Under the Radar | Music Blog for the Indie Music Magazine
Wednesday, September 23rd, 2020  

Album Reviews

To Myself (Deluxe)

Baby Rose
To Myself (Deluxe)

Sep 23, 2020 Web Exclusive

On her debut album, To Myself, 26-year-old songstress Baby Rose uses her powerhouse vocals to convey emotion in a chilling but captivating way. From beginning to end, the project is saturated in soulful rhythms and mind-blowing melodic hooks. 


Reverend John Wilkins

Sep 22, 2020 Web Exclusive

Amongst other nearly forgotten legacies, that of the rural acoustic blues of the ’20s and ’30s is a part of American history that is sadly overlooked. 

Protean Threat

Protean Threat

Sep 21, 2020 Web Exclusive

Few bands can lay claim to the word prolific like John Dwyer’s Osees (formerly Oh Sees, Thee Oh Sees, OCS, Orange County Sound, etc.). The ever changeable psych-garage wizards have maintained a steady output of releases over the past two decades, with a new record coming out each fall like clockwork.

Classic Interviews

Jess Williamson

Jess Williamson
Decisive Moments

Feb 13, 2014 Web Exclusive

There's a cinematic quality to the music of Austin folk singer/songwriter Jess Williamson that makes the seven tracks on the 26-year-old's debut LP, Native State, feel pivotal, whether she's singing in a gently aching voice over hypnotic instrumentation or howling in a falsetto during dramatic pauses. The ominous guitar notes that open the first track, "Blood Song," bring to mind a widescreen shot of a barren landscape in a western.

Comic Book Reviews

Bad Gateway

Jan 17, 2020 Web Exclusive

The latest in the rather depressing misadventures of Megg and Mogg, who at least outwardly present as a witch and cat, respectively, sees the protagonists' lives continue to flush down the toilet. 


My Favorite Album: Little Scream on Mary Margaret O’Hara’s “Miss America”

My Favorite Album: Little Scream on Mary Margaret O’Hara’s “Miss America”

Sep 22, 2020 Issue #66 - My Favorite Album - Angel Olsen and Sleater-Kinney

When I was 13 my dad started dating a harp player who had recently traded in her pink mohawk for a smart, long auburn bob to get a job in the symphony orchestra. I was a socially awkward Star Trek loving book nerd with large glasses and hair that always looked like I had just stepped out of a rainstorm.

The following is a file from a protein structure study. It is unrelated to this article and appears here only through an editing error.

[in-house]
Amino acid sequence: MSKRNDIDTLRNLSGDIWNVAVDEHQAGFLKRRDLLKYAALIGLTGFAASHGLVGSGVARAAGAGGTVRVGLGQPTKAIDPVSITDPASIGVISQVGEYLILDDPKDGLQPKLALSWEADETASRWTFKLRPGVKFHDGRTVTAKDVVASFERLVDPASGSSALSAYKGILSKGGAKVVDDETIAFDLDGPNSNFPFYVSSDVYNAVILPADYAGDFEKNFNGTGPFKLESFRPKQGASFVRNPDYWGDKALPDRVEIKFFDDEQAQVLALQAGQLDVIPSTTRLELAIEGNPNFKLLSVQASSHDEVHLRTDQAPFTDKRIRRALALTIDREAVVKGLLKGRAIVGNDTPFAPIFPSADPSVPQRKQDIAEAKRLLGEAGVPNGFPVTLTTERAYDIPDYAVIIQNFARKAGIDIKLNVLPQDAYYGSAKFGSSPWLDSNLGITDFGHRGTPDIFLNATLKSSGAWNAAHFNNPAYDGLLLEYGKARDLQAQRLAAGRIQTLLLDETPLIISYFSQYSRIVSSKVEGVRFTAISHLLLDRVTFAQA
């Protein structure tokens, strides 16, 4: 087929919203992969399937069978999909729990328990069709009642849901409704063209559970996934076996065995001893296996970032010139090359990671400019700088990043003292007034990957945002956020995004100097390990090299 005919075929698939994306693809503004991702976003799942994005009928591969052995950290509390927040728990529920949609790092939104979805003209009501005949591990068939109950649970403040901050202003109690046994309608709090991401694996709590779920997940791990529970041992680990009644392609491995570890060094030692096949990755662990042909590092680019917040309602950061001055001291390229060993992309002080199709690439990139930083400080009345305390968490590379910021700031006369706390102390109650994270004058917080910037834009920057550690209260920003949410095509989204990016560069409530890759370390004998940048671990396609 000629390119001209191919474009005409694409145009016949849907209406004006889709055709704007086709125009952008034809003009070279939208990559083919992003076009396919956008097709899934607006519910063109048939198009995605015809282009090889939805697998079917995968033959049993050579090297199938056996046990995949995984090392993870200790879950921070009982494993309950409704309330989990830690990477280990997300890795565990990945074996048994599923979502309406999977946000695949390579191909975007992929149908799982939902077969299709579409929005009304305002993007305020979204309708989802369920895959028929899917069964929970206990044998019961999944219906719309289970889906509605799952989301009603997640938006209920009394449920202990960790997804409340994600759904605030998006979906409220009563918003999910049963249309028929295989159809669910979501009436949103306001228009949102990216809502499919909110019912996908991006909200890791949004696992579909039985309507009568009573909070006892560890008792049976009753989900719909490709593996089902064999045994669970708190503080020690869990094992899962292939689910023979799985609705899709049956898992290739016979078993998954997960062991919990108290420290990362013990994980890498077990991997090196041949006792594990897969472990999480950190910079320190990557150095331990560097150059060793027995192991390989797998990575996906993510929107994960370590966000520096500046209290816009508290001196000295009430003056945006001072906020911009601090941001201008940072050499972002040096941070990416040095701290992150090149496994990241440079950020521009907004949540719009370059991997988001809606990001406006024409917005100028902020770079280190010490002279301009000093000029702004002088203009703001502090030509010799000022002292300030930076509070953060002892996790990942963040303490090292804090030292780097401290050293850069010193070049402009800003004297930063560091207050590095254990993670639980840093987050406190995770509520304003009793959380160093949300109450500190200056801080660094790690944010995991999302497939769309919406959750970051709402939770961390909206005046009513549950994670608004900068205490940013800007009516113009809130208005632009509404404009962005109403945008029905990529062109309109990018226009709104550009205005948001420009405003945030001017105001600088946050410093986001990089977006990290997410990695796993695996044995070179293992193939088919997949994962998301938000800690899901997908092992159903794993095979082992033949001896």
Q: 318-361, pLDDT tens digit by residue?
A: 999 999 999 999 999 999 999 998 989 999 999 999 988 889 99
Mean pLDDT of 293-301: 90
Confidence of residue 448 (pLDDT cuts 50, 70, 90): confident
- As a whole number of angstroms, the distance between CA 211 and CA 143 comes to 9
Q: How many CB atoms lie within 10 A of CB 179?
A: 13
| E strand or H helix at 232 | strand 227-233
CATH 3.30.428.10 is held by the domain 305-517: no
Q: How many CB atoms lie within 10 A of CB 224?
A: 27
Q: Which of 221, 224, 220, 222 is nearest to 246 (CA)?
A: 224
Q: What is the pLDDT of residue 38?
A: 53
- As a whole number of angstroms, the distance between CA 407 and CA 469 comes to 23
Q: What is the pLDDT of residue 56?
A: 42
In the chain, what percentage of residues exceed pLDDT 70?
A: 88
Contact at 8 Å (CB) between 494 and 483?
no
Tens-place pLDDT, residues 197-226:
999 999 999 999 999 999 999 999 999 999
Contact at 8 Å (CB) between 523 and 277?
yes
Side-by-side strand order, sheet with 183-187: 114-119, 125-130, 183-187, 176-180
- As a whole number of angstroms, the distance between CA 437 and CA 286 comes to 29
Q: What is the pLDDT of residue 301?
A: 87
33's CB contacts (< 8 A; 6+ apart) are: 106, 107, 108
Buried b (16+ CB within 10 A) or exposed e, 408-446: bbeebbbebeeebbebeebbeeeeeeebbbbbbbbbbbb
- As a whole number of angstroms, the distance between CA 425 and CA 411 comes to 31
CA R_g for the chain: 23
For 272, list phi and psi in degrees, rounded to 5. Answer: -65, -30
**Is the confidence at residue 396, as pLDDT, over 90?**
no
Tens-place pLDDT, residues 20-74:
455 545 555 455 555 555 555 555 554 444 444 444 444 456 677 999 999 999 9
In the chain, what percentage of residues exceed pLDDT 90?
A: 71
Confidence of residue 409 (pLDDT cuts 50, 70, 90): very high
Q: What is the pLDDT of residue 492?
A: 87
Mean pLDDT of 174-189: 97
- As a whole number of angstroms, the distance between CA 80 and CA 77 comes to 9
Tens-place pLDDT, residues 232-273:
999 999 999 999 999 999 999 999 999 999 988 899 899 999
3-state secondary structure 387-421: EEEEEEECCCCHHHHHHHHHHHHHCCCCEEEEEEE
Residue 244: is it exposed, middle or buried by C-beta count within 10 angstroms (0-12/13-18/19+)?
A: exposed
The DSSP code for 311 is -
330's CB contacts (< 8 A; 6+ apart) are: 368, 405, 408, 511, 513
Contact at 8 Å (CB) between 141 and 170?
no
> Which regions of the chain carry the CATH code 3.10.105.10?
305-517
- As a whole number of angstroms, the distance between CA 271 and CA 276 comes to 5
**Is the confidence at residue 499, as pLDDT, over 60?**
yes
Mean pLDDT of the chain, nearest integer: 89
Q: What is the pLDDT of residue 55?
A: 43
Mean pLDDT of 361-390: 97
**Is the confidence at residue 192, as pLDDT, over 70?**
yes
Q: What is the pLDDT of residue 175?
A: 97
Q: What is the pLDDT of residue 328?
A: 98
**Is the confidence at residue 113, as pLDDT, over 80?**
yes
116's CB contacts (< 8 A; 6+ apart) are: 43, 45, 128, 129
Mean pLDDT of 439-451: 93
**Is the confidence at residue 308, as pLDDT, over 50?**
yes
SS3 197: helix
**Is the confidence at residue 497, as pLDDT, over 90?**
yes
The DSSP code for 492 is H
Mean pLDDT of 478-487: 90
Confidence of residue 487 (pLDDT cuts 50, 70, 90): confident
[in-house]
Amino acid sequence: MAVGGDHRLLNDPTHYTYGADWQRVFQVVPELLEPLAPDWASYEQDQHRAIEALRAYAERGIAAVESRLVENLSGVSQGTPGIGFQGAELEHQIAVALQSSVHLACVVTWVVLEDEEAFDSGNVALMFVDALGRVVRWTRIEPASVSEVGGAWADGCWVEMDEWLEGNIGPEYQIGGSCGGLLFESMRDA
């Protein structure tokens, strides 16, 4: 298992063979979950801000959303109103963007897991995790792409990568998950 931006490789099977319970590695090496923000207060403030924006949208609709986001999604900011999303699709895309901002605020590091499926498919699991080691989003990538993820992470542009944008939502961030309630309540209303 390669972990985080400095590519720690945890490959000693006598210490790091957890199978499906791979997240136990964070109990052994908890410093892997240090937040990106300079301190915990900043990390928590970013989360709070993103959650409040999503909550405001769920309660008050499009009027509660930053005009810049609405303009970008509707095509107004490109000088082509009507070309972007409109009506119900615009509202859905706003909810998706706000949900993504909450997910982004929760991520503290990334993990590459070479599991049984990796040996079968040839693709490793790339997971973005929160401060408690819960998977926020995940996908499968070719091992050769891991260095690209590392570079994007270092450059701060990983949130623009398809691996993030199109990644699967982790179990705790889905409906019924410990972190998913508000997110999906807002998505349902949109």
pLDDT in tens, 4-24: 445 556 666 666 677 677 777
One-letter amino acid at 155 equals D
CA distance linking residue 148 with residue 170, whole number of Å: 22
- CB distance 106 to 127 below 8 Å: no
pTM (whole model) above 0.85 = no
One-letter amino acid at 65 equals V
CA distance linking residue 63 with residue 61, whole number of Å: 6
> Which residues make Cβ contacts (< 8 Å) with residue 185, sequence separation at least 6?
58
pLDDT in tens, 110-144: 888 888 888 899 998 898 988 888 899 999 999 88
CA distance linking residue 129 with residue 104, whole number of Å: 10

Tim Bowness on “Late Night Laments”

Tim Bowness on “Late Night Laments”

Sep 21, 2020

Tim Bowness completed his new album on the day that lockdowns were announced in the UK. The British singer’s sixth solo record, Late Night Laments, feels tailor-made for quarantine life. As its title suggests, it’s ideal listening for isolation. 

Pleased to meet you

Skullcrusher On Her Self-Titled Debut EP

Sep 23, 2020

Helen Ballentine, performing as Skullcrusher, came seemingly out of nowhere. Releasing her self-titled first EP on Secretly Canadian in the midst of a global pandemic, her softly sung vocals and folky underpinnings are custom made for days spent alone.


New York Film Festival 2020: 10 Films We Are Most Excited to See

Sep 14, 2020

If this were non-pandemic times, the film community would be abuzz with new anecdotes and reviews trickling in from the first fall film festivals: Venice, Telluride, and Toronto. Two out of three of those are happening within social distancing parameters (Telluride chose to cancel this year’s festival outright). But the spirit of a film festival is hard to recreate without a sense of community. This can feel isolating at times, but film festivals have worked hard to adapt by presenting movies in a variety of different forms, such as socially distanced in-person, drive-ins and digital screenings. This year, Film at Lincoln Center’s 58th New York Film Festival is no exception to these changes.

With a lineup of similar size to last year’s event, NYFF is utilizing drive-in theaters in the city’s boroughs of Brooklyn and Queens and a digital platform hosted by Shift72. Regardless of viewing options, this year’s film selections are nothing less than extraordinary. Whether you’re looking for a world premiere, a low-key flick, or a restoration of a classic, there is something for everyone to enjoy.

With so many new and hyped films, it’s easy to get overwhelmed by such an extensive lineup. Below are the 10 films we are most excited to see as chosen by one of UTR’s film critics, Kaveh Jalinous.



The Trump Depression: Viral Politics in the Age of Fuckery Part II

The Trump Depression: Viral Politics in the Age of Fuckery Part II

Sep 18, 2020 By Steve King

Where to begin...? Well, hey! We’ve got toilet paper back! It’ll come in handy while we’re all shitting ourselves to death with existential dread. Whether it’s the virus, the president’s failed attempts to start a race war, the coming election*,Trump’s secret police, or an increasingly lopsided economy, there’s plenty out there to send you running to the bathroom. 

Cinema Reviews


Sep 23, 2020 Web Exclusive

Daughter of an oddball family of scammers is curious about her role as the child within the strange trio, becoming increasingly desperate for an elusive normality.

Television Reviews

We Are Who We Are
HBO, Mondays at 10 p.m.

Sep 15, 2020 Web Exclusive

We Are Who We Are is the TV series debut of Call Me By Your Name director Luca Guadagnino. It strikes similar artistic tones to the famed Italian auteur’s previous work, while finding its own voice.